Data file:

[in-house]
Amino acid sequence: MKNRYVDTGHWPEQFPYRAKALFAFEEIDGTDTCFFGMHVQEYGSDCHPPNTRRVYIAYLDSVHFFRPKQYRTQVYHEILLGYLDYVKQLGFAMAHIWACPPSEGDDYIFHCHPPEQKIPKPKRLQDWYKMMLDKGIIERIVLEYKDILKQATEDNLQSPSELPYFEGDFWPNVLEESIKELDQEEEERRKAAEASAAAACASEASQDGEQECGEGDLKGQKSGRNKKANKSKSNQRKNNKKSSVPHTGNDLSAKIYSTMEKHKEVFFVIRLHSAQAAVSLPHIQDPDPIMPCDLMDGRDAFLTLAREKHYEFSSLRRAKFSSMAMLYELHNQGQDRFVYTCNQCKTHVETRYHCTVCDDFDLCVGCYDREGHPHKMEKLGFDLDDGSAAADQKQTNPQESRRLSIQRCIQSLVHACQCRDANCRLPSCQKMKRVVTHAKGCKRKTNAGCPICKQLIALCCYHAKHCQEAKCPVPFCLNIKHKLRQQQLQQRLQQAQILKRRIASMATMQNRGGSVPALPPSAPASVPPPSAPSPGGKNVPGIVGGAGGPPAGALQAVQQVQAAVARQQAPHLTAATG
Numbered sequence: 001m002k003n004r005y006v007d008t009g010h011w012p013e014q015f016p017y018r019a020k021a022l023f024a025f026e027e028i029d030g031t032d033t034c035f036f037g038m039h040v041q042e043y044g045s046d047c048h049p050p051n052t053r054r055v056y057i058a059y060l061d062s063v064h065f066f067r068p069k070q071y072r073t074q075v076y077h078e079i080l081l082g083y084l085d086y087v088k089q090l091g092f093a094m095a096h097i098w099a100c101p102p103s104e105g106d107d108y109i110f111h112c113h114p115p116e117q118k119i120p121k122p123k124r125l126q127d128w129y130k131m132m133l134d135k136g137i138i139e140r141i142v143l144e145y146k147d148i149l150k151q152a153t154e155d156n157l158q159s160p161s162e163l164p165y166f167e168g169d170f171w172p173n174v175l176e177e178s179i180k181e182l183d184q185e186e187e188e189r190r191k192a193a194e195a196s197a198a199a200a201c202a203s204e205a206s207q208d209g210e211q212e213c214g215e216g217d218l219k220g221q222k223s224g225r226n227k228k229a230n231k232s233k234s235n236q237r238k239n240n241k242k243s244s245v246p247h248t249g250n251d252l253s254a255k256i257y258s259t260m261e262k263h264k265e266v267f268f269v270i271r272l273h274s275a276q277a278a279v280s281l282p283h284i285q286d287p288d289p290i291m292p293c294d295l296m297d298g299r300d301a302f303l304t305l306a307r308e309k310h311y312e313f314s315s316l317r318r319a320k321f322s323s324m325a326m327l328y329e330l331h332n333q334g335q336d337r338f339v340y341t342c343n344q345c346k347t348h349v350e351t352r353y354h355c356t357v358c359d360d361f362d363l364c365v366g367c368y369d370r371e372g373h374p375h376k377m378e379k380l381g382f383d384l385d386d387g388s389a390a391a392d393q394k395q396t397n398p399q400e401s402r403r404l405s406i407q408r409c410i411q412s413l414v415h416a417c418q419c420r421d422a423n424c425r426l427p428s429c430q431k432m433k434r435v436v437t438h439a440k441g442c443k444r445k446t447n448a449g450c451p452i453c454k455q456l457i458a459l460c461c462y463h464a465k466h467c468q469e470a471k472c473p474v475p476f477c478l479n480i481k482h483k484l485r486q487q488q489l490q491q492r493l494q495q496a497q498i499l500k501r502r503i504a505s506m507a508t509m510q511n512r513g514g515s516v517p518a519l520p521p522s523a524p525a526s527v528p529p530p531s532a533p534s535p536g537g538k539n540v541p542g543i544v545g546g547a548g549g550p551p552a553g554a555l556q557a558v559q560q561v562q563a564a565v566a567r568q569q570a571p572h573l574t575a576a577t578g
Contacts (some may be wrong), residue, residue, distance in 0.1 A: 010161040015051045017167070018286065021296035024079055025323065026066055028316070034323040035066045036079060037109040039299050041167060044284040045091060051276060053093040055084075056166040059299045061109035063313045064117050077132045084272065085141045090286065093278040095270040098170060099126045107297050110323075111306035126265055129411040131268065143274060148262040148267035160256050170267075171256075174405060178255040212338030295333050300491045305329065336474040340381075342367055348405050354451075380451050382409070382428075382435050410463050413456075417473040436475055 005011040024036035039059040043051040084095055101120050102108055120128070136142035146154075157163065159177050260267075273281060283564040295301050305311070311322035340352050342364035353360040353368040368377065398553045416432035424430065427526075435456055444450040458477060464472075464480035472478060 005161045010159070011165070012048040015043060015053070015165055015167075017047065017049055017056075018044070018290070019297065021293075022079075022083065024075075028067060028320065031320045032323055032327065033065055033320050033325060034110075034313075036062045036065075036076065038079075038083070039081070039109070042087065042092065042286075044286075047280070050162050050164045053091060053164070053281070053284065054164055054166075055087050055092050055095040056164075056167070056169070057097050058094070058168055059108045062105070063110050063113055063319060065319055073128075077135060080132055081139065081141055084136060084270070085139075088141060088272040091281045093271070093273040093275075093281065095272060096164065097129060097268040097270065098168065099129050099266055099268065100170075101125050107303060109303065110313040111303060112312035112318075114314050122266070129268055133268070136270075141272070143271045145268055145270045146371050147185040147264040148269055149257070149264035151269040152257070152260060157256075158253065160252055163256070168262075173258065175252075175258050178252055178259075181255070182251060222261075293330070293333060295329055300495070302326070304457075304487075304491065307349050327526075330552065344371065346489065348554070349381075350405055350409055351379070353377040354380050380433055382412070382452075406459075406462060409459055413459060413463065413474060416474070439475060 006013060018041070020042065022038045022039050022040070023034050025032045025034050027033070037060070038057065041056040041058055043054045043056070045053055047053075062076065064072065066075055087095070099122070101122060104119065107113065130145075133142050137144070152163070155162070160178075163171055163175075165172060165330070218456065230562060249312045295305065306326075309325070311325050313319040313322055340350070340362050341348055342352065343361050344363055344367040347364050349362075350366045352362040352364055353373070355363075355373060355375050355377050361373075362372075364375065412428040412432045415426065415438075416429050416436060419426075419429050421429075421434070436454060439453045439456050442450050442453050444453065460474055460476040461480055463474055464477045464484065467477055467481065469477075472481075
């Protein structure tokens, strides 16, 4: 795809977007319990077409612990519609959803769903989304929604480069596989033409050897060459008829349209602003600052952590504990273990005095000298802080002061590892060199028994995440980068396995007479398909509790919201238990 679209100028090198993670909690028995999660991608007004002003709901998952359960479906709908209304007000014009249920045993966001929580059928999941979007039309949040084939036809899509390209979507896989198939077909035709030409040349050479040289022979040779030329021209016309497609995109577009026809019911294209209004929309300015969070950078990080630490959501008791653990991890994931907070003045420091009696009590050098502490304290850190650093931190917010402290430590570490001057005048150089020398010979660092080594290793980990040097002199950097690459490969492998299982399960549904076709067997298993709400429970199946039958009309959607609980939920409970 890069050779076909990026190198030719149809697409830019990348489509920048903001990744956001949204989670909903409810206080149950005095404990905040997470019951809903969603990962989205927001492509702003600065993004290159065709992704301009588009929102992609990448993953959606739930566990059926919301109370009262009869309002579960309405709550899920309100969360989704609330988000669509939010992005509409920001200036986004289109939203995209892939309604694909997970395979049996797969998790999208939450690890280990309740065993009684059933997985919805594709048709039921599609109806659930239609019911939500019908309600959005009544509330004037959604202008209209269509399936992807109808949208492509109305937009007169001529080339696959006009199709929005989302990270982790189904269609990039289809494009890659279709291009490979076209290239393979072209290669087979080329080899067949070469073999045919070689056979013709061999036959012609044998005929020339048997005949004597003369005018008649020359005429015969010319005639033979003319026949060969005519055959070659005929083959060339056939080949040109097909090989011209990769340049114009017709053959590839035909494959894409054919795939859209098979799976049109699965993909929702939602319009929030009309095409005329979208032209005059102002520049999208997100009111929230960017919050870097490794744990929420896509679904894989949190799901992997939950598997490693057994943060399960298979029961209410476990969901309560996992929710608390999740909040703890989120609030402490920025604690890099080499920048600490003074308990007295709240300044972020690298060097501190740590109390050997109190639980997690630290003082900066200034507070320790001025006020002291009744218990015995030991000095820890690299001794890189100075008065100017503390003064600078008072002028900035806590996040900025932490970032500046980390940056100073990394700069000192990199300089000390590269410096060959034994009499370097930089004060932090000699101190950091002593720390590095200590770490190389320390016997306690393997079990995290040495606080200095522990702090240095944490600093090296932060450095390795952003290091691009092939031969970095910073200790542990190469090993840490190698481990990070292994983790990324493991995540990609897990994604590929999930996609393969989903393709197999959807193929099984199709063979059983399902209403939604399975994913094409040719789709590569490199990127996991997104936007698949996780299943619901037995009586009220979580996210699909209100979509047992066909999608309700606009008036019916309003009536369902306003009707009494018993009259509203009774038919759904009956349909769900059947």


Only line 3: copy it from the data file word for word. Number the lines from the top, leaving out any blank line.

Numbered sequence: 001m002k003n004r005y006v007d008t009g010h011w012p013e014q015f016p017y018r019a020k021a022l023f024a025f026e027e028i029d030g031t032d033t034c035f036f037g038m039h040v041q042e043y044g045s046d047c048h049p050p051n052t053r054r055v056y057i058a059y060l061d062s063v064h065f066f067r068p069k070q071y072r073t074q075v076y077h078e079i080l081l082g083y084l085d086y087v088k089q090l091g092f093a094m095a096h097i098w099a100c101p102p103s104e105g106d107d108y109i110f111h112c113h114p115p116e117q118k119i120p121k122p123k124r125l126q127d128w129y130k131m132m133l134d135k136g137i138i139e140r141i142v143l144e145y146k147d148i149l150k151q152a153t154e155d156n157l158q159s160p161s162e163l164p165y166f167e168g169d170f171w172p173n174v175l176e177e178s179i180k181e182l183d184q185e186e187e188e189r190r191k192a193a194e195a196s197a198a199a200a201c202a203s204e205a206s207q208d209g210e211q212e213c214g215e216g217d218l219k220g221q222k223s224g225r226n227k228k229a230n231k232s233k234s235n236q237r238k239n240n241k242k243s244s245v246p247h248t249g250n251d252l253s254a255k256i257y258s259t260m261e262k263h264k265e266v267f268f269v270i271r272l273h274s275a276q277a278a279v280s281l282p283h284i285q286d287p288d289p290i291m292p293c294d295l296m297d298g299r300d301a302f303l304t305l306a307r308e309k310h311y312e313f314s315s316l317r318r319a320k321f322s323s324m325a326m327l328y329e330l331h332n333q334g335q336d337r338f339v340y341t342c343n344q345c346k347t348h349v350e351t352r353y354h355c356t357v358c359d360d361f362d363l364c365v366g367c368y369d370r371e372g373h374p375h376k377m378e379k380l381g382f383d384l385d386d387g388s389a390a391a392d393q394k395q396t397n398p399q400e401s402r403r404l405s406i407q408r409c410i411q412s413l414v415h416a417c418q419c420r421d422a423n424c425r426l427p428s429c430q431k432m433k434r435v436v437t438h439a440k441g442c443k444r445k446t447n448a449g450c451p452i453c454k455q456l457i458a459l460c461c462y463h464a465k466h467c468q469e470a471k472c473p474v475p476f477c478l479n480i481k482h483k484l485r486q487q488q489l490q491q492r493l494q495q496a497q498i499l500k501r502r503i504a505s506m507a508t509m510q511n512r513g514g515s516v517p518a519l520p521p522s523a524p525a526s527v528p529p530p531s532a533p534s535p536g537g538k539n540v541p542g543i544v545g546g547a548g549g550p551p552a553g554a555l556q557a558v559q560q561v562q563a564a565v566a567r568q569q570a571p572h573l574t575a576a577t578g